Nigeria: Time for Nigeria to Start Looking Beyond Oil, Says Expert

A development and governance expert, Dr. Chiwuike Uba, has expressed satisfaction with the decision of the Organisation of Petroleum Exporting Countries (OPEC) under the OPEC+ platform to cut down oil production in the coming months.

Uba, who is also the Board Chairman of Amaka Chiwuike-Uba Foundation (ACUF), in a statement yesterday, said if there was any lesson Nigeria to be learnt from the COVID-19 pandemic ravaging the world and its attendant economic implications, it was for the country to start looking beyond oil.

Therefore, he advised the federal and state governments to commence immediate diversification of the economy.

He said whereas the changes in oil production may lead to a marginal increase in the global oil price, the market would experience a glut almost immediately, due to the continuing decline in oil demand.

He added: “According to analysts from Goldman Sachs, the coronavirus crisis will slash demand by 19 million barrels per day (bpd) in April and May.

“The forecasted figure is way too big compared to the 9.7 million bpd agreed as oil production cut; hence, too little and too late to prevent a decline in prices in the coming weeks as storage capacity becomes saturated.

“There is huge doubt if the cuts would be enough to compensate for a collapse in demand expected to be at least twice the size of the OPEC+ supply reductions.

“Truthfully, the agreed global cut of about 10 per cent in oil production will not offset the recent huge drop in demand occasioned by COVID-19 pandemic,” he added.

This, according to him was made worse by the lack of pronouncement by the President of the USA to cut US oil production after he had said OPEC had not asked him to push domestic oil producers to cut production.

“More so, American oil producers may not cooperate with this cut as it would amount to controlling prices, which would amount to violating the competition law in the US. The USA is currently the world’s biggest crude producer,” he added.

He stated that, according to history, previous oil production cut deals were typically violated by oil producers a few weeks after the commencement of implementation. Mexico already disagreed with the quota allocated to the country and instead opted to reduce the country’s production by 100,000 bpd, Uba revealed.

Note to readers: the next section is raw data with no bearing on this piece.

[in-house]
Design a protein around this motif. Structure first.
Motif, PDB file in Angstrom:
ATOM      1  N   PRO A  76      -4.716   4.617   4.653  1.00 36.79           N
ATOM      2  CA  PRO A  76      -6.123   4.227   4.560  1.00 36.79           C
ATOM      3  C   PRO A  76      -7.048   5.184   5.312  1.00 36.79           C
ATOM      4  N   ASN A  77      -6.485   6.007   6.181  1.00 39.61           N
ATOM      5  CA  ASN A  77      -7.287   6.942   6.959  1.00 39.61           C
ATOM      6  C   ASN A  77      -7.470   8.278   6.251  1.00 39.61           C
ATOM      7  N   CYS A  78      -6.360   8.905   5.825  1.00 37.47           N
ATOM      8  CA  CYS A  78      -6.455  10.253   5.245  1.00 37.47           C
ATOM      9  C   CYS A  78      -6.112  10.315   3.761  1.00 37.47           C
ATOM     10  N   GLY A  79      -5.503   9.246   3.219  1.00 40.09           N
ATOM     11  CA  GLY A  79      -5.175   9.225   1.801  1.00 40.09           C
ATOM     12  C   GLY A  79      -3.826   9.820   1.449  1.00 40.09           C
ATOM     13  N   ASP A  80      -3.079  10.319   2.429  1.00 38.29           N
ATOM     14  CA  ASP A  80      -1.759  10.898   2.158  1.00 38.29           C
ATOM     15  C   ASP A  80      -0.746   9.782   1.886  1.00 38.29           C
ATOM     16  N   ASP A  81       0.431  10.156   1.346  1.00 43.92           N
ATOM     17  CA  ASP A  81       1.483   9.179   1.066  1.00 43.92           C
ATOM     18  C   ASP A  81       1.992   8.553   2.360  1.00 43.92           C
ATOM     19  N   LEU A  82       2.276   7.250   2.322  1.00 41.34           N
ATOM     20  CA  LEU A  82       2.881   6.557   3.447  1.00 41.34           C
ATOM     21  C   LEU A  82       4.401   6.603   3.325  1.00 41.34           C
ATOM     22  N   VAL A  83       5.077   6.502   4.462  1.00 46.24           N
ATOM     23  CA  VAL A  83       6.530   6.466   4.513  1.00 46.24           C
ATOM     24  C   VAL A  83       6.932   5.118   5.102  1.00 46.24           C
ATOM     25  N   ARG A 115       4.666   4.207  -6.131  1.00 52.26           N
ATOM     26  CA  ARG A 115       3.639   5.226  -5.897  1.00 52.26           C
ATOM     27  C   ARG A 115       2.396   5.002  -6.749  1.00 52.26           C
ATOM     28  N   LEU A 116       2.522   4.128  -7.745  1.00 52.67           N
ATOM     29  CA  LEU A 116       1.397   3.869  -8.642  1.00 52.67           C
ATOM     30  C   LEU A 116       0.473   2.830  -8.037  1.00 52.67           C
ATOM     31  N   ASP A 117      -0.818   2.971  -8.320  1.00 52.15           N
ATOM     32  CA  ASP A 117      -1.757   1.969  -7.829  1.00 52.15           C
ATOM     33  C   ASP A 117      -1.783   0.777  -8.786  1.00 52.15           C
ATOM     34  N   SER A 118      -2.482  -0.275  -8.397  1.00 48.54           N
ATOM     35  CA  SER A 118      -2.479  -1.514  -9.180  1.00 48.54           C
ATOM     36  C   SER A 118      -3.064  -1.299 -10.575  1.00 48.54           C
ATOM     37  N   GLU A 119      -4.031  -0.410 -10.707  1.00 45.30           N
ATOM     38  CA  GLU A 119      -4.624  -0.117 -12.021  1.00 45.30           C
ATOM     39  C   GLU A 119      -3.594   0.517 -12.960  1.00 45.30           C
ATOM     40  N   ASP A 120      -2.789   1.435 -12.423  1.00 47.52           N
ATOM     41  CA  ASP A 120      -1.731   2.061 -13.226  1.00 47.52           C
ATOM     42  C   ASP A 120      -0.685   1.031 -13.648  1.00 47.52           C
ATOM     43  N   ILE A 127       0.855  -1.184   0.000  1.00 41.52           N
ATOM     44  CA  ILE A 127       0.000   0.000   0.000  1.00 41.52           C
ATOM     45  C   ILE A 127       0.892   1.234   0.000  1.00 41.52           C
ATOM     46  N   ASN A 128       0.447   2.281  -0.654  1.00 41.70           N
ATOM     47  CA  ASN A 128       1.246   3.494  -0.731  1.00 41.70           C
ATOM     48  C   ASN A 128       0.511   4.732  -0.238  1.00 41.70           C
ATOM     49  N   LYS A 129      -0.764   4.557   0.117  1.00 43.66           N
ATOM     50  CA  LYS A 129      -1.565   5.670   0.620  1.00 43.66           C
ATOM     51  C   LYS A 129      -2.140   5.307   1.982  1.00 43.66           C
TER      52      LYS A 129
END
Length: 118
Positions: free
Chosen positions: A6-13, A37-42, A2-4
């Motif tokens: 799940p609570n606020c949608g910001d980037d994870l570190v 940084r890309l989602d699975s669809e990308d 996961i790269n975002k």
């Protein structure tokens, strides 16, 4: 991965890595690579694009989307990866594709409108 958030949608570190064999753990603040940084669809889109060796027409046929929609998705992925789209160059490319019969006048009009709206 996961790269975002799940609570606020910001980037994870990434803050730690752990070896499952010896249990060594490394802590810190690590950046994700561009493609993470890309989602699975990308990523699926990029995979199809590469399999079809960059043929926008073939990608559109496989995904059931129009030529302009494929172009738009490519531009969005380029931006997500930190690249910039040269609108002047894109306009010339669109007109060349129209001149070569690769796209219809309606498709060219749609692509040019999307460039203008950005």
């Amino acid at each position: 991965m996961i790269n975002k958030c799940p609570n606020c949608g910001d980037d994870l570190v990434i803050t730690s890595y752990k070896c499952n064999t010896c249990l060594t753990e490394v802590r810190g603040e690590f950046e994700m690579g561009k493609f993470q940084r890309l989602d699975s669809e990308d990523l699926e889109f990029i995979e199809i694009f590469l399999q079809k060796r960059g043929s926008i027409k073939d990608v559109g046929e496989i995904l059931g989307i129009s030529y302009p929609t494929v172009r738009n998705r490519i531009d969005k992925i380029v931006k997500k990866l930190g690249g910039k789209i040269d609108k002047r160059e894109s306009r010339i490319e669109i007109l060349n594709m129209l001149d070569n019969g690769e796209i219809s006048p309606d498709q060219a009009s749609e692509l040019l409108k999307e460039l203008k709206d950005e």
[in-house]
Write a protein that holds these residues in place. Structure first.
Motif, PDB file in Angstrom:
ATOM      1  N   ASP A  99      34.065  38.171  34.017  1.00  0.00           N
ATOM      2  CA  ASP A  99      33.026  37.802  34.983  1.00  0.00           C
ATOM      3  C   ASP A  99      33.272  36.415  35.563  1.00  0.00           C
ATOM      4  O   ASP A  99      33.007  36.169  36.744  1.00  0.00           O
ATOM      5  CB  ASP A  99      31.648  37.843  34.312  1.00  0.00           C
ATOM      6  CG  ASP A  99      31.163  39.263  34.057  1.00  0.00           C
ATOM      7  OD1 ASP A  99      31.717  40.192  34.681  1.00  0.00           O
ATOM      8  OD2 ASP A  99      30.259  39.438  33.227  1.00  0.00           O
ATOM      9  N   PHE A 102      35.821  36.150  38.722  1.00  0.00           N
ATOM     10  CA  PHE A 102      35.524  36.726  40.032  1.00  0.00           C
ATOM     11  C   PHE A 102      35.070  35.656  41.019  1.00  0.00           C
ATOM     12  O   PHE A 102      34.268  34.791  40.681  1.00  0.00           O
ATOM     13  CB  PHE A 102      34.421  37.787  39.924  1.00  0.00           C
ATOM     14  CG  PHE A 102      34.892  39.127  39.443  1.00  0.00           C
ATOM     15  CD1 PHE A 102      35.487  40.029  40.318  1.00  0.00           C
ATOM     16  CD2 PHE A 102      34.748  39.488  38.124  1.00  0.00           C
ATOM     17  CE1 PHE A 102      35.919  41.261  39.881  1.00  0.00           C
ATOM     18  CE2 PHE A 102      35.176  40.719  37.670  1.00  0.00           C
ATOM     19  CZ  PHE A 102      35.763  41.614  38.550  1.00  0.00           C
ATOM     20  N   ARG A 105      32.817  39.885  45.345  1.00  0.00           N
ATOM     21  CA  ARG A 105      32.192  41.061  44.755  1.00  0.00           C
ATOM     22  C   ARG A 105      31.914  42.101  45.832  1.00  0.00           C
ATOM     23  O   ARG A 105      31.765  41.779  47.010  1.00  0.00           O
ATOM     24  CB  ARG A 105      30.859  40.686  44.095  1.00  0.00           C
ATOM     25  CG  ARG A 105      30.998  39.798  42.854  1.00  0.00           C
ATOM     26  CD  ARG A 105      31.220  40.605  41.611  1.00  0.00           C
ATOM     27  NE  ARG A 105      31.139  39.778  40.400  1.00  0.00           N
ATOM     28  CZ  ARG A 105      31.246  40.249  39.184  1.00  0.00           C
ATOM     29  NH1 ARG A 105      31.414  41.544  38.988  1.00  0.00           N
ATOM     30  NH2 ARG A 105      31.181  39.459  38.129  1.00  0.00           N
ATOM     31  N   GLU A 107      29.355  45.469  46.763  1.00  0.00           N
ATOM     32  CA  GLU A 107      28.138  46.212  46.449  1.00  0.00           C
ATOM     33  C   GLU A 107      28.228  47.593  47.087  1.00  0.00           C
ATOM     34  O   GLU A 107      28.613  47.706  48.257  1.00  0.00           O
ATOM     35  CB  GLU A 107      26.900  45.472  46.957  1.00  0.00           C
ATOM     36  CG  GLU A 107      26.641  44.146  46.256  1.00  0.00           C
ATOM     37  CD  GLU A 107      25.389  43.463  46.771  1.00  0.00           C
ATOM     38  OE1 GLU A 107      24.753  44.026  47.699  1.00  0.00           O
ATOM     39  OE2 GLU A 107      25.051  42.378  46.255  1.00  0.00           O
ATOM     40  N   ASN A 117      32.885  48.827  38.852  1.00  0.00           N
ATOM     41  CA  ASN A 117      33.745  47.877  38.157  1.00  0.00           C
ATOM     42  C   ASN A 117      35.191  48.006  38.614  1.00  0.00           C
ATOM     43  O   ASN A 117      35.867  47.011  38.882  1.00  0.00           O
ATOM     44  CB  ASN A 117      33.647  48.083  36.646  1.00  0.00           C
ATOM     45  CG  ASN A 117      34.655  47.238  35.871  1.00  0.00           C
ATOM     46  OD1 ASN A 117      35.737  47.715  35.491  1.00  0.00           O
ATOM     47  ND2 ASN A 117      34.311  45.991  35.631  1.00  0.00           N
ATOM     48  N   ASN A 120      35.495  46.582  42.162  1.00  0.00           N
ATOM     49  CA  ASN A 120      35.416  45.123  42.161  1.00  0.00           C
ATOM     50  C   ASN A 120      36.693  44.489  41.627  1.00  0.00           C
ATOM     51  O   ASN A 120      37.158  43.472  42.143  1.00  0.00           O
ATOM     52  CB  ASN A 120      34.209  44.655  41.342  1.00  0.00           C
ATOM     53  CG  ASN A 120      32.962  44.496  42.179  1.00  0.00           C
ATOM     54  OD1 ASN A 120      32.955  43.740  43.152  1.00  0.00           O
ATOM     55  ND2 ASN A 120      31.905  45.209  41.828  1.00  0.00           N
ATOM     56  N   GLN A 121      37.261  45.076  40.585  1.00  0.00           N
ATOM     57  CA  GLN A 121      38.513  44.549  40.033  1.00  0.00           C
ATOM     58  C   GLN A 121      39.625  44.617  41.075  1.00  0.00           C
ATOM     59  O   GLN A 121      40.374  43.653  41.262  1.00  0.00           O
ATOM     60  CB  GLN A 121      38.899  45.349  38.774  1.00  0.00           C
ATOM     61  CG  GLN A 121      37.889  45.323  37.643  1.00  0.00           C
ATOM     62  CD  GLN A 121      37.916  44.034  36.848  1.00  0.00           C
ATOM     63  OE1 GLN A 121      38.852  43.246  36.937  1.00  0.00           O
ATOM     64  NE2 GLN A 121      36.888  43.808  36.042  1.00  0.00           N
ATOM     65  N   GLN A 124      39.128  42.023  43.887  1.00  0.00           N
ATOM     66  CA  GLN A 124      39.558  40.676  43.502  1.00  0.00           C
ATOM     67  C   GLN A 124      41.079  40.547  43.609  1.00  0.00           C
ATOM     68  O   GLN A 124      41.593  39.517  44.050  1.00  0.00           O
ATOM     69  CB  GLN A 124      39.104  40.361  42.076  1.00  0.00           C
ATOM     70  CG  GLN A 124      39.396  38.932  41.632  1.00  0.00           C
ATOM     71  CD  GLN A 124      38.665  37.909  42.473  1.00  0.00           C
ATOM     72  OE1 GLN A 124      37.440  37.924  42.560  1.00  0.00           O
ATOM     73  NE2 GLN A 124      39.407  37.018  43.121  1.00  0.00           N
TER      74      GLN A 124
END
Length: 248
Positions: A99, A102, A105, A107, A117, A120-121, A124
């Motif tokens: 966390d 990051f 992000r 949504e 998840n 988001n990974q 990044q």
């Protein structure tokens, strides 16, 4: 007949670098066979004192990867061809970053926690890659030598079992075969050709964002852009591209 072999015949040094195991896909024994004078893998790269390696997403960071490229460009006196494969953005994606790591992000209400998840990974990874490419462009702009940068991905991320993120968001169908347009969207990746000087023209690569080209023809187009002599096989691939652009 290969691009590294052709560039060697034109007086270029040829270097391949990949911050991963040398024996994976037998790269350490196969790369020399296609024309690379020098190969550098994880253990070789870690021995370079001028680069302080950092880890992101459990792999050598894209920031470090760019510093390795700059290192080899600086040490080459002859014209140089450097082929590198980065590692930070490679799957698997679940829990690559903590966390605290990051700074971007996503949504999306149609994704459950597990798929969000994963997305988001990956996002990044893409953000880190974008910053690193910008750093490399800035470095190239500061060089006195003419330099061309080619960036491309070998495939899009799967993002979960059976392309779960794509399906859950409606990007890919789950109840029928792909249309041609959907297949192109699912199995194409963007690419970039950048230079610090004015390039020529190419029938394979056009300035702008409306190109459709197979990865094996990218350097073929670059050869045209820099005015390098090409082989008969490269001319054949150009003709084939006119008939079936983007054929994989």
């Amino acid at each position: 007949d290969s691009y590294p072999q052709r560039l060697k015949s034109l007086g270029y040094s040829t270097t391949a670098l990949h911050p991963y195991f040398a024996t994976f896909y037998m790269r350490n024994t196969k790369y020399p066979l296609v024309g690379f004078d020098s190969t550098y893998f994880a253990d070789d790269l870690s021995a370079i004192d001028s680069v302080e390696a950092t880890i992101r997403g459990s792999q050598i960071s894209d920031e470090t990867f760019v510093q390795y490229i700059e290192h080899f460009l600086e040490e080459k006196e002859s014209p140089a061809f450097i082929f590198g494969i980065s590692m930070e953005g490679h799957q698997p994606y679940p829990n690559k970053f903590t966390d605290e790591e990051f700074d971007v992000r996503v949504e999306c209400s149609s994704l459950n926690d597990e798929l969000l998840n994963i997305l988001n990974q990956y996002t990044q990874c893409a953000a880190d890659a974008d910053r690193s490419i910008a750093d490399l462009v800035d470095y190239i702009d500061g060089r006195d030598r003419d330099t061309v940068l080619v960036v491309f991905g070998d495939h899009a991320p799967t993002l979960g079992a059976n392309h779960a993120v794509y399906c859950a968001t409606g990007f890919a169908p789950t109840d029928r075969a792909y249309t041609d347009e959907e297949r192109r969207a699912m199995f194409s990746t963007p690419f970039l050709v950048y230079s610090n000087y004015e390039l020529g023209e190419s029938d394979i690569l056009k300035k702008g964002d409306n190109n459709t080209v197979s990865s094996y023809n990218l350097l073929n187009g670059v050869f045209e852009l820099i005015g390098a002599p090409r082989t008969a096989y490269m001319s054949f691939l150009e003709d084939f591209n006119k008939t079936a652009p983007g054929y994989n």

He further opined that, given that the effective date for the implementation of the deal would be May 1, 2020, countries with high production capacity such as Saudi Arabia, within the next few days would continue to line up tankers – conveniently.

“Until 1st May 2020, such countries would have the spigots wide open. Unfortunately, the production cut deal may not benefit Nigeria in any way.

“More so, American oil producers may not cooperate with this cut as it would amount to controlling prices, which would amount to violating the competition law in the US. The USA is currently the world’s biggest crude producer,” he added.

He stated that, according to history, previous oil production cut deals were typically violated by oil producers a few weeks after the commencement of implementation. Mexico already disagreed with the quota allocated to the country and instead opted to reduce the country’s production by 100,000 bpd, Uba revealed.

He further opined that, given that the effective date for the implementation of the deal would be May 1, 2020, countries with high production capacity such as Saudi Arabia, within the next few days would continue to line up tankers – conveniently.

“Until 1st May 2020, such countries would have the spigots wide open. Unfortunately, the production cut deal may not benefit Nigeria in any way.


“First, the expected improvement in the oil price will be minimal and short-lived as a result of the reasons I outlined earlier. Do not forget that Nigeria is already producing below its production capacity for a long time now; hence, affected by both production quantity and price. “Even when Nigeria benefits from an across revenue from the global production cut, the would-be revenue may end up being shared by the national and sub-national governments without real plans for investment to jumpstart the dying economy.

“The demand for oil will not spike in the short term as a result of lockdowns and shutdowns across the world.

“In addition to the closure of manufacturing and service companies, the weather across America and Europe is getting warmer; hence, reducing the demand for gas. Therefore, it has even become more urgent for Nigeria to begin to think about Nigeria without oil,” he added.

Source: ThisDay

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